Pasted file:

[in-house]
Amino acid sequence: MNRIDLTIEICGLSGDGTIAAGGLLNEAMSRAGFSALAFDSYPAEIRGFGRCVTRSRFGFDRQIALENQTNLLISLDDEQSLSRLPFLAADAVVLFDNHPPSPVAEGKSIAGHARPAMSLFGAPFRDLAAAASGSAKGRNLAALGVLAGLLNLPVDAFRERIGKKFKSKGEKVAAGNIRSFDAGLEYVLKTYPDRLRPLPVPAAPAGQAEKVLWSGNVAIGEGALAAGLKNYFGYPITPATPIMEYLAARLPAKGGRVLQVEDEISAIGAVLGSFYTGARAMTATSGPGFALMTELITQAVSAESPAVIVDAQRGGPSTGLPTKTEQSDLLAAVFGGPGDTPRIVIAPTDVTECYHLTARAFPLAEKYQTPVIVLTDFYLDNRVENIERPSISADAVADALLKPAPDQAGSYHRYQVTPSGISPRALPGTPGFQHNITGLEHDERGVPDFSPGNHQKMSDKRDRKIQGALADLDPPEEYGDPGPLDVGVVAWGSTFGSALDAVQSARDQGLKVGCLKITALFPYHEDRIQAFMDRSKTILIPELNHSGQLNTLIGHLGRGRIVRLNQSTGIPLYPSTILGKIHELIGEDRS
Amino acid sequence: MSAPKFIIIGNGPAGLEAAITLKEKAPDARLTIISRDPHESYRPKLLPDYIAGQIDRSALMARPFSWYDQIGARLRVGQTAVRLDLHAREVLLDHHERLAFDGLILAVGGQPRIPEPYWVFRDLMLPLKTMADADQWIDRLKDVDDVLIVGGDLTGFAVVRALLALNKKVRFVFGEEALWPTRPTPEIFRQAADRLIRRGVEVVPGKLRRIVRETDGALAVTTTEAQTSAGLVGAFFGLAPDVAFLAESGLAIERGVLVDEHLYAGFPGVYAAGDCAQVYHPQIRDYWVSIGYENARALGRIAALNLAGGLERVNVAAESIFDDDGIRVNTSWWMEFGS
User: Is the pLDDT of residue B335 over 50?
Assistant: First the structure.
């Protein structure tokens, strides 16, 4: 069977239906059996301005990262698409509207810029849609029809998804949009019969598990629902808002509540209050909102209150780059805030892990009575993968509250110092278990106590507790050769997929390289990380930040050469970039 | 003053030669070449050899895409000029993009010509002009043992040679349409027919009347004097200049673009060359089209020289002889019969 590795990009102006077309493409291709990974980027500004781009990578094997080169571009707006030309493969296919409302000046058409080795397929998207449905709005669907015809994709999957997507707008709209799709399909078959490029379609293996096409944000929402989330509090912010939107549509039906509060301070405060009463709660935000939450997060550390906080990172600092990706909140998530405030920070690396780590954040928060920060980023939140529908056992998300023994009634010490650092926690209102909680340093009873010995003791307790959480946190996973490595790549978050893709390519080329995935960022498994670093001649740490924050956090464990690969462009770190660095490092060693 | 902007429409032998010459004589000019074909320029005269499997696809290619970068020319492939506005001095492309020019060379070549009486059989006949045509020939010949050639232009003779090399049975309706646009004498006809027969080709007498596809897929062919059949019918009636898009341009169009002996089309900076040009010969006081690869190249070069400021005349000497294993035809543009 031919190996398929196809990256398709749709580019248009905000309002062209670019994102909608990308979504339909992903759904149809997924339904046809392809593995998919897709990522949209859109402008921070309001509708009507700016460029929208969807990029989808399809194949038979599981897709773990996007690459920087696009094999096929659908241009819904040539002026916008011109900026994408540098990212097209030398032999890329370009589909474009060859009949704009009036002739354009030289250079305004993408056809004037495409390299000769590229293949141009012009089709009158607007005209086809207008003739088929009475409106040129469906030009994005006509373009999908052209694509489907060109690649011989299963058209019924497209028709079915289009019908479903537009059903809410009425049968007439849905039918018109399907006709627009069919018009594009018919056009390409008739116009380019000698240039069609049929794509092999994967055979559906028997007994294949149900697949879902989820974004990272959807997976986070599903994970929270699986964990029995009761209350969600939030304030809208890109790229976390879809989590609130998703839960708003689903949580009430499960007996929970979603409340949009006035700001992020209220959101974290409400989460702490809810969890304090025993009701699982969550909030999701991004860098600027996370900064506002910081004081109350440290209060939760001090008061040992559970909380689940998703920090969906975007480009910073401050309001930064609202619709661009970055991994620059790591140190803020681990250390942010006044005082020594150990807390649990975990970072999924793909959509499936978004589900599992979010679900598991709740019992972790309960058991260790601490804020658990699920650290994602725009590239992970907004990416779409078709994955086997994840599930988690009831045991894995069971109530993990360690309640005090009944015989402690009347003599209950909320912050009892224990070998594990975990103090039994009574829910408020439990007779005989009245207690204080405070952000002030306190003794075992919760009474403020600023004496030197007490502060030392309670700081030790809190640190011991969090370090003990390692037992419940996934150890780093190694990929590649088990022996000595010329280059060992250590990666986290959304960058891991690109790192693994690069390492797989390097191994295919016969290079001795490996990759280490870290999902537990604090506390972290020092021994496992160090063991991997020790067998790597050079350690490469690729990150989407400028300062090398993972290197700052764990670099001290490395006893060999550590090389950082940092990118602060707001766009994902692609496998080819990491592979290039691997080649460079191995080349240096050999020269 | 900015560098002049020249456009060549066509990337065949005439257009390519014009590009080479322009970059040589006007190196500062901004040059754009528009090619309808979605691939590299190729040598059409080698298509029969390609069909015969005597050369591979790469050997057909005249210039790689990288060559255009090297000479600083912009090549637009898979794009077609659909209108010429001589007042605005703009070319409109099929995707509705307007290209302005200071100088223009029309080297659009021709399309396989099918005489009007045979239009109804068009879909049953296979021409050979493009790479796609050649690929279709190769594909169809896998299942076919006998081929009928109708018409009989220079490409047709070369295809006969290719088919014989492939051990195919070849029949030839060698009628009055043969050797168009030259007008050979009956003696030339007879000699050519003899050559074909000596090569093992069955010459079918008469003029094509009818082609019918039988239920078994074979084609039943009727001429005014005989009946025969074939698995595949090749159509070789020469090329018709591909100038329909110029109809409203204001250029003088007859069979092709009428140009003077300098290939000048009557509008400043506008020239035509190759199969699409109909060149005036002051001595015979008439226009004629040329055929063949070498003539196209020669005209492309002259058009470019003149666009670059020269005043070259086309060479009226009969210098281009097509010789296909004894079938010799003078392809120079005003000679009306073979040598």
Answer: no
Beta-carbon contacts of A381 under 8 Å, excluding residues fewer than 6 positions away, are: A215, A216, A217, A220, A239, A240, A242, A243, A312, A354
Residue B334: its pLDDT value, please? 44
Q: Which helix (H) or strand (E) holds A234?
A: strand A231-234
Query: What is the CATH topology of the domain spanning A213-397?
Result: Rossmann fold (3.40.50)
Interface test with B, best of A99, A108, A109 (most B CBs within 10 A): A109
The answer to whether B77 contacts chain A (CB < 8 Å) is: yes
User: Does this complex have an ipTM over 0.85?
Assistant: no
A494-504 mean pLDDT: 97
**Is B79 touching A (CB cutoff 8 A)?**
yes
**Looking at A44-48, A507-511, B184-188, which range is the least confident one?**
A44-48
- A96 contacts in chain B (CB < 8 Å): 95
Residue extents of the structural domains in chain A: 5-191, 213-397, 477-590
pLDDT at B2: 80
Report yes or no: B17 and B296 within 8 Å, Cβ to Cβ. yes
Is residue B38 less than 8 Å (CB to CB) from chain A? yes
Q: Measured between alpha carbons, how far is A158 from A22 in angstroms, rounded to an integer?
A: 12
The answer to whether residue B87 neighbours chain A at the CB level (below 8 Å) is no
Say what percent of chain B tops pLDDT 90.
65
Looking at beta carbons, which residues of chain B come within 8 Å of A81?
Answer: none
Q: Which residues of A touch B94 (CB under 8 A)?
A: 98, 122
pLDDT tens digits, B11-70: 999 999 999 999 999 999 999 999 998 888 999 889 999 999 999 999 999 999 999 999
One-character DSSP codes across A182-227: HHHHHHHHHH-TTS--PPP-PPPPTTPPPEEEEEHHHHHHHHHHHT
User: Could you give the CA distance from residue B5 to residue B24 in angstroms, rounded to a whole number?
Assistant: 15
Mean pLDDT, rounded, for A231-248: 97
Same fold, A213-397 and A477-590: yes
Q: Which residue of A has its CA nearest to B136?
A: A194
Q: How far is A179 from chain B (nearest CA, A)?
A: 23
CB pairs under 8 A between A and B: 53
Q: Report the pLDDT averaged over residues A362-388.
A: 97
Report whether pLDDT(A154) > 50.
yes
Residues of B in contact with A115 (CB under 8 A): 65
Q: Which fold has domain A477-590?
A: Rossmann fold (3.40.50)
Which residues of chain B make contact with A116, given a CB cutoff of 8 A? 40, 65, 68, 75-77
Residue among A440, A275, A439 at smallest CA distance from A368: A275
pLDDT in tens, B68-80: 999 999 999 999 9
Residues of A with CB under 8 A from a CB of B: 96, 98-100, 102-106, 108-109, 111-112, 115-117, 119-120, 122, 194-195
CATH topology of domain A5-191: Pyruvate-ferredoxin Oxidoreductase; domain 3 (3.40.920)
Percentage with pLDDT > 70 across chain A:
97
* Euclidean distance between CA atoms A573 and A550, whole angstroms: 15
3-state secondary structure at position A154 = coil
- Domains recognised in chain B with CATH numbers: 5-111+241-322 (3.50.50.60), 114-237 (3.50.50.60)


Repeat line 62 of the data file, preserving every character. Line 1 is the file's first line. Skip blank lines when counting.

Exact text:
* Euclidean distance between CA atoms A573 and A550, whole angstroms: 15